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JMIR Res Protoc. 2016 Jun 23;5(2):e85. doi: 10.2196/resprot.5158.

Prediction of Preadolescent Overweight and Poor Cardiometabolic Outcome in Children up to 6 Years of Age: Research Protocol.

Author information

1
Erasmus University Medical Center, Department of Public Health, Rotterdam, Netherlands. m.dekroon@erasmusmc.nl.

Abstract

BACKGROUND:

Dynamic risk estimations may enable targeting primary prevention of overweight and overweight-related adverse cardiometabolic outcome in later life, potentially serving as a valuable addition to universal primary prevention. This approach seems particularly promising in young children, as body mass index (BMI) changes at a young age are highly predictive of these outcomes, and parental lifestyle interventions at a young age are associated with improved long-term outcome.

OBJECTIVE:

This paper describes the design of our study, which aims to develop digitized tools that can be implemented in the Dutch Child Health Care (CHC) system or by pediatricians for children up to 6 years of age. These tools will enable (1) dynamically predicting the development of overweight, hypertension or prehypertension, low high-density lipoprotein cholesterol (HDL-C) values, and high total cholesterol to HDL-C ratio by early adolescence and (2) identifying children who are likely to have poor cardiometabolic outcome by the age of 5-6 years and by the age of 10 years.

METHODS:

Data will be obtained from the Generation R (n=7893) and Prevention and Incidence of Asthma and Mite Allergy (PIAMA; n=3963) cohorts, two Dutch prenatally recruited cohorts. We will select candidate predictors that can be assessed during the first visit and/or during subsequent visits to the CHC center or pediatrician, including sex; parental age, education level, and BMI; smoking exposure; ethnicity; birth weight; gestational age; breastfeeding versus formula feeding; and growth data through the age of 6 years. We will design dynamic prediction models that can be updated with new information obtained during subsequent CHC visits, allowing each measurement to be added to the model. Performance of the model will be assessed in terms of discrimination and calibration. Finally, the model will be validated both internally and externally using the combined cohort data and then converted into a computer-assisted tool called ProCOR (Prediction Of Child CardiOmetabolic Risk).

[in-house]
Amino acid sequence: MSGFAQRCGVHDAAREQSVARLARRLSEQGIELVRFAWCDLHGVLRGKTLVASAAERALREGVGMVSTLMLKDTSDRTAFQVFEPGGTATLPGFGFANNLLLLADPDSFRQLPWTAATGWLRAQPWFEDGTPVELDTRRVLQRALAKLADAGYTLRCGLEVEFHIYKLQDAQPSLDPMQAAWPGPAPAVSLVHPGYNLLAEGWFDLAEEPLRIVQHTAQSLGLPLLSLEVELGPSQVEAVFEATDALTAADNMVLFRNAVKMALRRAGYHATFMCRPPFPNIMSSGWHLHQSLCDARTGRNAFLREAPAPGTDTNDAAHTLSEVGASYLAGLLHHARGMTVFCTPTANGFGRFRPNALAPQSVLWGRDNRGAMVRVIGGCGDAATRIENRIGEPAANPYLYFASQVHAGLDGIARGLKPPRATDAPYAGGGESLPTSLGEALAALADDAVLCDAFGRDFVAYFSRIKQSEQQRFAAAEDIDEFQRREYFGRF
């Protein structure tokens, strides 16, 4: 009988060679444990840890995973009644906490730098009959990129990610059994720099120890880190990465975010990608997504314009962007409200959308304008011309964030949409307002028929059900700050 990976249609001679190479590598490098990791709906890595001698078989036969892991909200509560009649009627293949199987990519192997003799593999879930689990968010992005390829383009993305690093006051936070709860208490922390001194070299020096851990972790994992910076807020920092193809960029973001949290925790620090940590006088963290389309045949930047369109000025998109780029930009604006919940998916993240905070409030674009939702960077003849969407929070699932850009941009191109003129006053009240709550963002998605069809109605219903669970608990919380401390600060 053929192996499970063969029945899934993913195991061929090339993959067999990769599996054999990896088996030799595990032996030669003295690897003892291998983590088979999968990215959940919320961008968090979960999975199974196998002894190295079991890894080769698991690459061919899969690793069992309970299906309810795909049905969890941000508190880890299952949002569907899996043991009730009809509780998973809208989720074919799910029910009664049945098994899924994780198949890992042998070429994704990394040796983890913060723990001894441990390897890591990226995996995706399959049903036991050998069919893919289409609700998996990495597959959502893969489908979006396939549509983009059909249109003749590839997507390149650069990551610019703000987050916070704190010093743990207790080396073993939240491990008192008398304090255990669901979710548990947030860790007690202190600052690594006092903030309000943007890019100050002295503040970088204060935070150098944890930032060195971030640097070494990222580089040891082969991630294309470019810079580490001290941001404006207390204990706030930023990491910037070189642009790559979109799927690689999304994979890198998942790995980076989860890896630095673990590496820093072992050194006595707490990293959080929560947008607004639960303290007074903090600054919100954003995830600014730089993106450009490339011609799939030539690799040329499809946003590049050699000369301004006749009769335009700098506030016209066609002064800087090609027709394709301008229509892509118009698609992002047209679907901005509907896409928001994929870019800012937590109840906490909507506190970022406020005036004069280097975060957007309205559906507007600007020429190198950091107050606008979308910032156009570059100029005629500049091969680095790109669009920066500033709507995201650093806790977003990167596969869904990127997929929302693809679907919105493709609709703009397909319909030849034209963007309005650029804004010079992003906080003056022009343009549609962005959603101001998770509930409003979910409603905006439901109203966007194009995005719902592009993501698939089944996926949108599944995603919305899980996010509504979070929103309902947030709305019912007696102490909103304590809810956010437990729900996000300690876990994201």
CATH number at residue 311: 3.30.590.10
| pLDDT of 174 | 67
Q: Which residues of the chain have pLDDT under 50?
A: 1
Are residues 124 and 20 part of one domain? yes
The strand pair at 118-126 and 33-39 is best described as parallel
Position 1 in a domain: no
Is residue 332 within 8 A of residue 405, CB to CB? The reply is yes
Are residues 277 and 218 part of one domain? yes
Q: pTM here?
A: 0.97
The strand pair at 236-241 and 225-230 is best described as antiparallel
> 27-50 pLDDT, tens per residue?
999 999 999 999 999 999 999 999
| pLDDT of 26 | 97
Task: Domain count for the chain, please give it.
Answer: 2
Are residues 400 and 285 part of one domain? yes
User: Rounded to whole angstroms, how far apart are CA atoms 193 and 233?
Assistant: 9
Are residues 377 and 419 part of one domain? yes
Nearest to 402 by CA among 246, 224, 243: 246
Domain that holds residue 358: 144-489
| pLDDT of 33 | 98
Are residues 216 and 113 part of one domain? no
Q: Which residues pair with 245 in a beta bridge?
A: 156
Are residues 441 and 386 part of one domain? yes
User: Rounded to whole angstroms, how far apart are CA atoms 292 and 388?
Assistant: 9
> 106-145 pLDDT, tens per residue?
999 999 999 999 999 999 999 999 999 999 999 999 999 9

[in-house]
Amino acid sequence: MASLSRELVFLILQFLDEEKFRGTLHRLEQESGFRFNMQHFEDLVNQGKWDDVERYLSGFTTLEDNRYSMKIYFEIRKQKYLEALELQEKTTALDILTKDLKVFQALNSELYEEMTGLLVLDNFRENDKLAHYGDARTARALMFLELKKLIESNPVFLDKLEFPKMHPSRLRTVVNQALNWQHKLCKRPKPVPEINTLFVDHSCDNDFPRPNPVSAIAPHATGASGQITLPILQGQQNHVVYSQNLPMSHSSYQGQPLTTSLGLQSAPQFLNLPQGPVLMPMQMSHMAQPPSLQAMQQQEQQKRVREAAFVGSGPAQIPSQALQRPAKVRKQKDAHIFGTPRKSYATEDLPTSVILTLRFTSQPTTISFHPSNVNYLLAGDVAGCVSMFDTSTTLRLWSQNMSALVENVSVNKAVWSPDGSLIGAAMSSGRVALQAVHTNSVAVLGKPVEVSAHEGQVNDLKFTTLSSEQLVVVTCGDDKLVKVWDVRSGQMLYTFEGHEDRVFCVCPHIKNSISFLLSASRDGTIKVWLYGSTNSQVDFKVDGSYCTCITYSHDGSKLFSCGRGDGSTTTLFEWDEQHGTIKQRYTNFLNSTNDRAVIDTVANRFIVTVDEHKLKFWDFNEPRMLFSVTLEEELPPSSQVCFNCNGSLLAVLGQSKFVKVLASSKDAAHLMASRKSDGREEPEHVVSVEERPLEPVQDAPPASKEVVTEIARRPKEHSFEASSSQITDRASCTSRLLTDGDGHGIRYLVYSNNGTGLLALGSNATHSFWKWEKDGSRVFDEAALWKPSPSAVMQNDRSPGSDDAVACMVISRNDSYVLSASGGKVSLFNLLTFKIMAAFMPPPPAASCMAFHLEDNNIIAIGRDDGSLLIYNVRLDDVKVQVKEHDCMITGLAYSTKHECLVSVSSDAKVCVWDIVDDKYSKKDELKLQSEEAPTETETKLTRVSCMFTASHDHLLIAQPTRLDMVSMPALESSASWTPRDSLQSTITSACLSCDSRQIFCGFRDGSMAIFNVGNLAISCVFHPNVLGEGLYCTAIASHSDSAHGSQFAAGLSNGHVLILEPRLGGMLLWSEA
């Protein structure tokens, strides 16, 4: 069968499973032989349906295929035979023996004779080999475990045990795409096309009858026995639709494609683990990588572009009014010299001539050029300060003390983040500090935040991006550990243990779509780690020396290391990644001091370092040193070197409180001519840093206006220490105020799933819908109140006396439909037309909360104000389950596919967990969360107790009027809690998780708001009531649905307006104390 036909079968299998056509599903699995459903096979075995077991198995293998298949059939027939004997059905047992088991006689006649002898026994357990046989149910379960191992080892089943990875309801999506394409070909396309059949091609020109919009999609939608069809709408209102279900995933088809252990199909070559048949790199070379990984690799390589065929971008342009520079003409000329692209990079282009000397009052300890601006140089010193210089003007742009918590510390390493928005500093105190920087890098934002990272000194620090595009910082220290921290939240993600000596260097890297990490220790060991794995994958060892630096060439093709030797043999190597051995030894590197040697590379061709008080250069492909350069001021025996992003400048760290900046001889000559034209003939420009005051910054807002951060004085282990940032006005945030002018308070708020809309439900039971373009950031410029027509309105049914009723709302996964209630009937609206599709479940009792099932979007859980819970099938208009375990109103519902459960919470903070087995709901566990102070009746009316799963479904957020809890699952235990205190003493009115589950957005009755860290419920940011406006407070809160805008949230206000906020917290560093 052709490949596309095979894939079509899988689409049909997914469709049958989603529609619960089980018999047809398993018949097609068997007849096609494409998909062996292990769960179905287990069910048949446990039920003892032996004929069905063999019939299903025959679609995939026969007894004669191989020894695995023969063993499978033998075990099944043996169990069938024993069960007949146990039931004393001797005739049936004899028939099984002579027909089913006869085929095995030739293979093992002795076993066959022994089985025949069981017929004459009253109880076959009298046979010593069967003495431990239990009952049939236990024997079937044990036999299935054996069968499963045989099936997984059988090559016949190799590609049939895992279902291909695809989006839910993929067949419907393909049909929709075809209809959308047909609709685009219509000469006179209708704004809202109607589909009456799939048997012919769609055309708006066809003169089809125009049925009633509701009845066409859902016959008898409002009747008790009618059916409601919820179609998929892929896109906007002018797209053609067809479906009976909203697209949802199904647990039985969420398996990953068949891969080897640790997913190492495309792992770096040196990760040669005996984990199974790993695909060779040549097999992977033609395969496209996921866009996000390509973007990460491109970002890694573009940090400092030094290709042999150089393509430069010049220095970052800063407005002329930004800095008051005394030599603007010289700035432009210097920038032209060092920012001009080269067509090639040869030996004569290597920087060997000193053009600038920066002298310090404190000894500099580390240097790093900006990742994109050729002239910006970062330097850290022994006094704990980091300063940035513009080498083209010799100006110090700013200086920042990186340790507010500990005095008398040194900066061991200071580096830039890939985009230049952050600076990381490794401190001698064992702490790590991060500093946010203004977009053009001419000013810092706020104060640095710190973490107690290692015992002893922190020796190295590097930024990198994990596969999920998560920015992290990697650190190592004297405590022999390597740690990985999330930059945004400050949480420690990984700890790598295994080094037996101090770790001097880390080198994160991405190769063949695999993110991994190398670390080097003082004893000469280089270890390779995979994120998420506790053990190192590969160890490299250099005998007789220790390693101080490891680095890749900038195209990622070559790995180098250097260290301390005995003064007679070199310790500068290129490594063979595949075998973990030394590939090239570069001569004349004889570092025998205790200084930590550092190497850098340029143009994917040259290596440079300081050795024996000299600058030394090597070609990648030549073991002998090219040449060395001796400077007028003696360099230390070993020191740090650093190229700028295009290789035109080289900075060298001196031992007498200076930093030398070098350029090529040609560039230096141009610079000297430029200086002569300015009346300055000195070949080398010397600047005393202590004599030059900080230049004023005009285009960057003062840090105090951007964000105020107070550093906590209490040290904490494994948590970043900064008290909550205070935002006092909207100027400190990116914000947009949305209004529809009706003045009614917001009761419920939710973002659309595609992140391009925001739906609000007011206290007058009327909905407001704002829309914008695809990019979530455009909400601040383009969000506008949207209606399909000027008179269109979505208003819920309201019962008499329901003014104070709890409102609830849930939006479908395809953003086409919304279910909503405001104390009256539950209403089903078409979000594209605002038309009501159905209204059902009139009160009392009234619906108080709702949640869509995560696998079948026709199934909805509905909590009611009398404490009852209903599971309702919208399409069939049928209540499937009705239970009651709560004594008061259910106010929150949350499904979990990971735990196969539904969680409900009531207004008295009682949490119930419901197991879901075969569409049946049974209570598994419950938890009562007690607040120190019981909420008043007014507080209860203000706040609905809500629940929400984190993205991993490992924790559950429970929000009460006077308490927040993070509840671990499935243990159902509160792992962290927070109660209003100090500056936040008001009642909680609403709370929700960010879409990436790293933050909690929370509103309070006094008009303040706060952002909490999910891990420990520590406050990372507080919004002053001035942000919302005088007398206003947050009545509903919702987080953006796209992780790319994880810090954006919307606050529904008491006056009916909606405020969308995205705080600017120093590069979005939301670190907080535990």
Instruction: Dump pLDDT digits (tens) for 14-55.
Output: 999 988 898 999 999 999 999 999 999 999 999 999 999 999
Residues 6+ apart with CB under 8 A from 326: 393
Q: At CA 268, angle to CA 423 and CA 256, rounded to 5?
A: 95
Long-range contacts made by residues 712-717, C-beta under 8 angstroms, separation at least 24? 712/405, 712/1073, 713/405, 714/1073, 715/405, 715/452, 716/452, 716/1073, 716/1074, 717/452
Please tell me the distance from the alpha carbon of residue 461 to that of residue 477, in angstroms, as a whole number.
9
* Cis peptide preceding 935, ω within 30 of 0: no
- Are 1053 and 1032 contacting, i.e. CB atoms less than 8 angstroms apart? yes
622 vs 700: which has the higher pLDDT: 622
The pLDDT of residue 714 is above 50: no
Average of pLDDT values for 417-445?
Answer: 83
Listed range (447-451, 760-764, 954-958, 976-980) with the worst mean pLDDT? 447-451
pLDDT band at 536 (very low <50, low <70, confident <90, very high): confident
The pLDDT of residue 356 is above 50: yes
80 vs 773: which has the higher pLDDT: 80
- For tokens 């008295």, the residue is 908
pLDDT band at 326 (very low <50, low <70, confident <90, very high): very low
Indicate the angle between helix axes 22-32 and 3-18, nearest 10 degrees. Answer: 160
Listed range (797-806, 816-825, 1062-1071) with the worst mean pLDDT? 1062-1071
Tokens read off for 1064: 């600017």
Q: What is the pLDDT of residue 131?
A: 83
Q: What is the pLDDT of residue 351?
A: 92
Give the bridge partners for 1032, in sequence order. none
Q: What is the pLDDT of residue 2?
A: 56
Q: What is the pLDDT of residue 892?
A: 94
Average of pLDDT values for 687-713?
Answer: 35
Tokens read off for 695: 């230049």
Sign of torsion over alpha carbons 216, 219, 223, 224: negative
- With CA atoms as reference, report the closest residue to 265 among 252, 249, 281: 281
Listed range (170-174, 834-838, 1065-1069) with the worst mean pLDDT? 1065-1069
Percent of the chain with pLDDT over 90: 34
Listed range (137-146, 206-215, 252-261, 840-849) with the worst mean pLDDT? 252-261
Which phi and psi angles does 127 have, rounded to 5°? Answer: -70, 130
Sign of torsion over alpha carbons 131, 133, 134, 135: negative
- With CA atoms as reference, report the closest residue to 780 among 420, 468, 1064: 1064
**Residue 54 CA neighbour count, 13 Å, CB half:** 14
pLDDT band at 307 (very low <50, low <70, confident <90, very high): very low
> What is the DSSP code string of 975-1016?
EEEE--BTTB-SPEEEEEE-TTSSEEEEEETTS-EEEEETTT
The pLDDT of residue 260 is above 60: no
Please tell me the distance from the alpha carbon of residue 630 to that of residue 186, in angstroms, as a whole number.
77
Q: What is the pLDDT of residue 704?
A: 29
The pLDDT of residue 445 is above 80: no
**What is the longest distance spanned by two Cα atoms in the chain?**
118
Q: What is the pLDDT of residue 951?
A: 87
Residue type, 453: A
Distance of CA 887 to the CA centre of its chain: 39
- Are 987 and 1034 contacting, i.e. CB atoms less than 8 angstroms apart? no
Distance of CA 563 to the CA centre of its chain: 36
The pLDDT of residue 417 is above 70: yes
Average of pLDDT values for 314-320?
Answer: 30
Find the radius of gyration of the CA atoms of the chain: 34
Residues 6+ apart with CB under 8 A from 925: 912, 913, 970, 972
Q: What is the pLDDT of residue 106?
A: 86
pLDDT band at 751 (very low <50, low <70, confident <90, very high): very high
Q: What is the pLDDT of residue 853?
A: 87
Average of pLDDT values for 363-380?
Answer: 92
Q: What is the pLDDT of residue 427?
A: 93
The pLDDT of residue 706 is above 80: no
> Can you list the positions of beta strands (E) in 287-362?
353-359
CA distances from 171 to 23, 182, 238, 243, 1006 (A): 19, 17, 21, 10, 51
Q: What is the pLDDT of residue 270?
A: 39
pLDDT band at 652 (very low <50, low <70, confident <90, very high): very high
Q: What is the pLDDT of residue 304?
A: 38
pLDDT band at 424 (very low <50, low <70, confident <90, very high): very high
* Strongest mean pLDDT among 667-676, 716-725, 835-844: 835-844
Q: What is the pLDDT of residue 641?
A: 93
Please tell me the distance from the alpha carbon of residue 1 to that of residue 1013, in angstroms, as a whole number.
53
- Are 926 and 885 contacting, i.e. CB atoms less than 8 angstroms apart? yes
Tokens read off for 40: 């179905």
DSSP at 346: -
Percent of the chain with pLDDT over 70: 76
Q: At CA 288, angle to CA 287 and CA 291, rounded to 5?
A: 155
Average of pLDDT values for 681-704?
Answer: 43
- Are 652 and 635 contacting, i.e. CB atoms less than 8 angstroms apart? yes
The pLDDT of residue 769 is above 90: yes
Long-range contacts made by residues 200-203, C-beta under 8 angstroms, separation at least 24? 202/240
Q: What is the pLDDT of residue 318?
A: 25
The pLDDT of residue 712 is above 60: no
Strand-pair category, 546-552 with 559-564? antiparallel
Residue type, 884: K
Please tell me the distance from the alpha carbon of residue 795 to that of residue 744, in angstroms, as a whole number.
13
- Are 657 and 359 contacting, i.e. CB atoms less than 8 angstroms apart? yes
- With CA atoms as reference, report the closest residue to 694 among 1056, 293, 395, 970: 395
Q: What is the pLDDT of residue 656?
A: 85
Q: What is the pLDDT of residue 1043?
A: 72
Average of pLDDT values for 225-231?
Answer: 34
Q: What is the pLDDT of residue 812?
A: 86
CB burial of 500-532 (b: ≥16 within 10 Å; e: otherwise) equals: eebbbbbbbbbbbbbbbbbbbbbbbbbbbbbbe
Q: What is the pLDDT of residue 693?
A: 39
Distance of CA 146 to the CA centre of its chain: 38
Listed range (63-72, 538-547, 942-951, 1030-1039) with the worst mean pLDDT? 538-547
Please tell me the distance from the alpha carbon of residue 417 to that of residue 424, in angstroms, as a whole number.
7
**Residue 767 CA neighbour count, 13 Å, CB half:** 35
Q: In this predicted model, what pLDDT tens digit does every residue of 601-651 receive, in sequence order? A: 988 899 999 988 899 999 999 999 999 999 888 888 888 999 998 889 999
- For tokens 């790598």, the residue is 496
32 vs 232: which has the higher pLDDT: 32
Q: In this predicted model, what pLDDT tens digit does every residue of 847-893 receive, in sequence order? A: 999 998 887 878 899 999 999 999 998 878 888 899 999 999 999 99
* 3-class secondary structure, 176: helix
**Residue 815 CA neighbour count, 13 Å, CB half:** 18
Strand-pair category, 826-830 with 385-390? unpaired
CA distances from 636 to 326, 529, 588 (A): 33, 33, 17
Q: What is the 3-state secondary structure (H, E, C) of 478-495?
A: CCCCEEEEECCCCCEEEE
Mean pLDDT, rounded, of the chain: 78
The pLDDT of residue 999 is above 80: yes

RESULTS:

This is an ongoing research project financed by the Dutch government. The first results are expected in 2016.

CONCLUSIONS:

This study may contribute to the national implementation of digitized tools for assessing the risk of overweight and related cardiometabolic outcome in young children, enabling targeted primary prevention, ultimately yielding relevant health gains and improved resource allocation.

KEYWORDS:

(pre-)hypertension, High-Density Lipoproteins, forecasting, dynamic risk estimation; Child Health Services; overweight; pediatrics, prevention

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